- Consumer prices rose 0.9% between May and June, a 13-year high.
- But a large part of the increase came from items affected by the pandemic and reopening.
- As the economy returns to normal, these prices should stabilize, keeping inflation in check.
- See more stories on Insider’s business page.
The much-expected wave of inflation amid an unprecedented post-pandemic economic reopening is here, but how long it will stay with us is an open question.
The Bureau of Labor Statistics reported Tuesday that the Consumer Price Index, which measures changes in the prices of a basket of common goods and services, rose 0.9% between May and June. That was far higher than Bloomberg’s consensus economic forecasts of 0.5%, and according to BLS, was the largest one-month jump in prices since June 2008.
The price index was 5.4% higher than it was in June 2020, marking another record high for recent years:
Too much inflation for too long can cause a lot of trouble for an economy: Consumers are able to buy less stuff if goods and services are too expensive, and savers and investors can see their real returns plummet if the interest rates they receive can’t keep up with rising prices.
But the current round of price increases may be more benign, and could very well abate within the next several months.
A lot of recent inflation is from the weirdness of a post-pandemic economic reopening
Much of the inflation seen in recent months comes from the collision between supply chains still recovering from the disruption of the pandemic and a surge of pent-up demand as vaccination rates increase and lockdowns and health restrictions lift.
As Federal Reserve Chair Jerome Powell pointed out in testimony to Congress on Wednesday afternoon, goods and services that have been especially affected by the pandemic and reopening have seen the biggest price increases.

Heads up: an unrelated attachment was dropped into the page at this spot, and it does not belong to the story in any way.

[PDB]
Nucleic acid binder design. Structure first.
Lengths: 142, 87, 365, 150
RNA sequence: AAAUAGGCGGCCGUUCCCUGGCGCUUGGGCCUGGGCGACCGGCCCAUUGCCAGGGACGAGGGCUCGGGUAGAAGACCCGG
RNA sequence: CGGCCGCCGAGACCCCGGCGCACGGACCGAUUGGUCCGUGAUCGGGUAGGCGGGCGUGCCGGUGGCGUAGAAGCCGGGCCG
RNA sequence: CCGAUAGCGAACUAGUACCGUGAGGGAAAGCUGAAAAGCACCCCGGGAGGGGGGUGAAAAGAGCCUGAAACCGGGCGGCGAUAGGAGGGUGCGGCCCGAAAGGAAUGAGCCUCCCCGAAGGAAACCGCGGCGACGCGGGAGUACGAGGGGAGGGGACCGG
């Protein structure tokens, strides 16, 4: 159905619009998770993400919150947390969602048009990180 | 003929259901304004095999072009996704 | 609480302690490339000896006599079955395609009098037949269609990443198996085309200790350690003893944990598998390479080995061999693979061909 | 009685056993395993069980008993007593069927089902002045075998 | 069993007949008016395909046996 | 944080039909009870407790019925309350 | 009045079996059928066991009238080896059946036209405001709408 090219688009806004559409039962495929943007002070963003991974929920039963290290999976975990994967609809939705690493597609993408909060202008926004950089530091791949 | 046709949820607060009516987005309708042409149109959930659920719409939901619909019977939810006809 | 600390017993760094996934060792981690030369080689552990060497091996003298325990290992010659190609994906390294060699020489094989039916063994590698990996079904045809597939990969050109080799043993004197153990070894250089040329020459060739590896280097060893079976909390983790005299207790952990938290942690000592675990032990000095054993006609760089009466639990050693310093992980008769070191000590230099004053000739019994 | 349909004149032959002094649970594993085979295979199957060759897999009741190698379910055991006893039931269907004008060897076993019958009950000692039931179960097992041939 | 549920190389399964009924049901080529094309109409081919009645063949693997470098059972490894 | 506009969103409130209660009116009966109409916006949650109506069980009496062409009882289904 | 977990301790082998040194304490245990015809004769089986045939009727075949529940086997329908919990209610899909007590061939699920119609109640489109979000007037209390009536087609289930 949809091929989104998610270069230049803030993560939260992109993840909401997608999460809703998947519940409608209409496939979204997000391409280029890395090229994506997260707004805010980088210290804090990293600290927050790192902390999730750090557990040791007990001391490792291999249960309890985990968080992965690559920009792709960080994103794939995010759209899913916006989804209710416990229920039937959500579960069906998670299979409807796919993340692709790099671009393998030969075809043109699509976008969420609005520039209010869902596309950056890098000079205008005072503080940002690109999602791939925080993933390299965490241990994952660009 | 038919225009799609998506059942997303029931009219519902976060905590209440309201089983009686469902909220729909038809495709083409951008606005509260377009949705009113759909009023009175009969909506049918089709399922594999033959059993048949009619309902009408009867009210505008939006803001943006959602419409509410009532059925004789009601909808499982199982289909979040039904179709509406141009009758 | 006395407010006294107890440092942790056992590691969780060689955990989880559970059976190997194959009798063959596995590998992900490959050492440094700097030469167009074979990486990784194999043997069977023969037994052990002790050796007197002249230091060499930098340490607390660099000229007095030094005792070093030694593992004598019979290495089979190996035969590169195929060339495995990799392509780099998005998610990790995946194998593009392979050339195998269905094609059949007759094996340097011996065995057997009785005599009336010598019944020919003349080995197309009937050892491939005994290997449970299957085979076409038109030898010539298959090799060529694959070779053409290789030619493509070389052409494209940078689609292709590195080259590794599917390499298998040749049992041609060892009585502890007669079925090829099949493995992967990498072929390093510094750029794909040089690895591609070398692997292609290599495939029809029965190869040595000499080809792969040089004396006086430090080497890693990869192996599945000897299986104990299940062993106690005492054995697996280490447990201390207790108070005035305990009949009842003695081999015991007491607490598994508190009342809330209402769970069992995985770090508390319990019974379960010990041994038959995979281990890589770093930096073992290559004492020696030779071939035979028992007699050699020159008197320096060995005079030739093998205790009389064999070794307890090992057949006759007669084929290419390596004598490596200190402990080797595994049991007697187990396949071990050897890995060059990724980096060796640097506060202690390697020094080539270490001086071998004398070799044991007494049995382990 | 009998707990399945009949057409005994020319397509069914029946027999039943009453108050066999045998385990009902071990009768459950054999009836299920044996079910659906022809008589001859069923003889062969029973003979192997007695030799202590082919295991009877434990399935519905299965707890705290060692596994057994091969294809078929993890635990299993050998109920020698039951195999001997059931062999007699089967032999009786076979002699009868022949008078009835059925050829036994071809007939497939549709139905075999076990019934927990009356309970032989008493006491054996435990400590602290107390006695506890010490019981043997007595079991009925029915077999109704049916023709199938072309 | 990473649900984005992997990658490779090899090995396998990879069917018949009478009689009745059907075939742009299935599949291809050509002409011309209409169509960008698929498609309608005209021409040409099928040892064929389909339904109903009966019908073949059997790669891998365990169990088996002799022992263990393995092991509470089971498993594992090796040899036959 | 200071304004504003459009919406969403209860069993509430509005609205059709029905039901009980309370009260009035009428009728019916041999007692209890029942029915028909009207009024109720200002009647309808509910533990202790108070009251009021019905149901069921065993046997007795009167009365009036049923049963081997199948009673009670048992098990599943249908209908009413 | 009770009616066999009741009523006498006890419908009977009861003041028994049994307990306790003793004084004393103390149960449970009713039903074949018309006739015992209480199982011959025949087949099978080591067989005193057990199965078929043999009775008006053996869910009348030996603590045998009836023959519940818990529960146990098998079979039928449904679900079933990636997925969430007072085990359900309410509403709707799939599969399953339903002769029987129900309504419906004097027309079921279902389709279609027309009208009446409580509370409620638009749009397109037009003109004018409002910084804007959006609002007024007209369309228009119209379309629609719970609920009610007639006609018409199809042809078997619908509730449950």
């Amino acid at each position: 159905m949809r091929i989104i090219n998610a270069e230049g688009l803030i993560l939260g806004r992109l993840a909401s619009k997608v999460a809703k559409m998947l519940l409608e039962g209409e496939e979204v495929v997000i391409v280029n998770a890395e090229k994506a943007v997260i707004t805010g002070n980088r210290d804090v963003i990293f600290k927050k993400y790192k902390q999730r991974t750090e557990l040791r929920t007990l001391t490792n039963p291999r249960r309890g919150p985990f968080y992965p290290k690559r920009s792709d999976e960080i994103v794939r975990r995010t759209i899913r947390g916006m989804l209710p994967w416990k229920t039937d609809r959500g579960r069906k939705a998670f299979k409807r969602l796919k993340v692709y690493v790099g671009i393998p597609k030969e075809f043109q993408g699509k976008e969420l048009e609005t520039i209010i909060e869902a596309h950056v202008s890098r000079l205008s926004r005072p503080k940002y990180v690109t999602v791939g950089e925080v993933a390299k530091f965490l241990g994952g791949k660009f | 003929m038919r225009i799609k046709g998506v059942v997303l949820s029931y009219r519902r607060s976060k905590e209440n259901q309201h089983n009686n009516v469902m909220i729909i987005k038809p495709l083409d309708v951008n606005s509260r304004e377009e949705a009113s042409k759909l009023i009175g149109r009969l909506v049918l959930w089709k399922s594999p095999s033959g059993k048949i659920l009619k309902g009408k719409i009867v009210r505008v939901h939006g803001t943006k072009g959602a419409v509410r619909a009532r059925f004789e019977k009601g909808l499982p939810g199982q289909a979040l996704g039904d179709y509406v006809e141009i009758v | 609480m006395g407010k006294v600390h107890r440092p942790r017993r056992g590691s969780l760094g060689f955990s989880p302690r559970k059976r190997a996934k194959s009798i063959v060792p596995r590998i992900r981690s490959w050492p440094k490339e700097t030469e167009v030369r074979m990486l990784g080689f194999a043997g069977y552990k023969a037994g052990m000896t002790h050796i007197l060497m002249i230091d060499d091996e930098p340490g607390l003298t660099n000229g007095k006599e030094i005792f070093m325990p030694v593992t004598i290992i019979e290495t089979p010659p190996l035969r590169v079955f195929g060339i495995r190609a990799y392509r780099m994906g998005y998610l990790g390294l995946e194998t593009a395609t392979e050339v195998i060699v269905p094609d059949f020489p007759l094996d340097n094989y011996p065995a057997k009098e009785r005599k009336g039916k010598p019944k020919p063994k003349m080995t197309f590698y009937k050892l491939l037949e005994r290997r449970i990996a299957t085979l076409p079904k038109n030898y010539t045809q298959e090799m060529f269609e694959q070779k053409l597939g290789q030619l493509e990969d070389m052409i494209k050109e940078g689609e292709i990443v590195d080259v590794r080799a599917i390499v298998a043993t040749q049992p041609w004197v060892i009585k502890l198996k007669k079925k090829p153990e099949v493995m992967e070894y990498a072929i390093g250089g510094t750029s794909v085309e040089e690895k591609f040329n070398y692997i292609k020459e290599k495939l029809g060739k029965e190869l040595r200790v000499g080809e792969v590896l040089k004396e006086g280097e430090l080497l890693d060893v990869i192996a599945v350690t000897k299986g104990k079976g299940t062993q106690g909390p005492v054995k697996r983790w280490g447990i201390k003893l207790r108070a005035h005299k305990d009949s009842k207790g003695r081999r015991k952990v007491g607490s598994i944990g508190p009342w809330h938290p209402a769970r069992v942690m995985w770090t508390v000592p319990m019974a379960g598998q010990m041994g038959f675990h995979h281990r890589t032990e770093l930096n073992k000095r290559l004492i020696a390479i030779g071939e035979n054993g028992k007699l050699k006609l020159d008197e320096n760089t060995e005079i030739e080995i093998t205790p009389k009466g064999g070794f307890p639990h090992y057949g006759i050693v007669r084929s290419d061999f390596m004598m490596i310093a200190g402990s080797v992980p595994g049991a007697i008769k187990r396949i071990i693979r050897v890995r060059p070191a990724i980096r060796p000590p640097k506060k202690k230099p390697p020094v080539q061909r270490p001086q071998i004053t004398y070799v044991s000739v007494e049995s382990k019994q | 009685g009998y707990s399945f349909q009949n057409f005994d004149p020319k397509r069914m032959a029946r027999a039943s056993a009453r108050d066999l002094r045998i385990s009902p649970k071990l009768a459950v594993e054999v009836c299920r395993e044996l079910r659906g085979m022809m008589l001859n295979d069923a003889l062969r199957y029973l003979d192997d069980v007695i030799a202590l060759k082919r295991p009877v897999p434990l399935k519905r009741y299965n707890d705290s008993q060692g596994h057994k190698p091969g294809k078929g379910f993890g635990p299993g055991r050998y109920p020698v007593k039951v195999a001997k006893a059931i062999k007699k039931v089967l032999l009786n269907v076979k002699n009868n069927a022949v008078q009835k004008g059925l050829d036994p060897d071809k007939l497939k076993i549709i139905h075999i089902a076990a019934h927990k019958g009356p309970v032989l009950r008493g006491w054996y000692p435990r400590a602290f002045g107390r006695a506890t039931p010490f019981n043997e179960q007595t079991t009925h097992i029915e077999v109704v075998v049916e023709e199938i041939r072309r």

Powell said, “the incoming inflation data have been higher than expected. But they’re actually still consistent with what we’ve been talking about, that the very high inflation readings are coming from a small group of goods and services that are directly tied to the reopening of the economy. It’s new cars, used cars, rental cars, hotel rooms, airplane tickets – things we understand.”
Auto manufacturers have been facing a shortage of computer chips, slowing production of new cars. Meanwhile, demand for used cars has skyrocketed, leading to used cars and trucks seeing a historical record-high 10.5% price increase between May and June alone. BLS noted that about a third of the total CPI increase between May and June came from used cars and trucks.
Pent-up demand for travel after a year of pandemic lockdowns has led to big price increases in travel-related services like airline tickets, rental cars, and hotels, as noted by Powell.
The good news is that as the economy returns to normal, these markets should settle down somewhat. According to Cox Automotive, wholesale car prices declined from May to June, which should lead to retail prices tapering off sooner rather than later. And as in-demand businesses like airlines and hotels continue to hire or rehire workers and rebuild capacity to meet heightened demand, prices should stabilize there as well.
Of course, there are still risks that inflation could go longer and higher than expected. Housing prices have surged this year, and if that continues it could lead to more permanent cost increases. Supply chains and labor markets still need to stabilize, and if they don’t, prices could keep increasing.
Still, policymakers and markets seem to be not overly worried about longer-term inflation. Powell wrote in prepared remarks before Wednesday’s testimony that the Fed expects that inflation “will likely remain elevated in coming months before moderating.” A bond-market measure that roughly shows what investors expect inflation to look like in five years is a bit higher than before the pandemic, but far from levels that would suggest sustained high inflation.
While the future course of inflation is still an open question, there’s a good chance that the pressure on Americans’ wallets should subside in the next few months.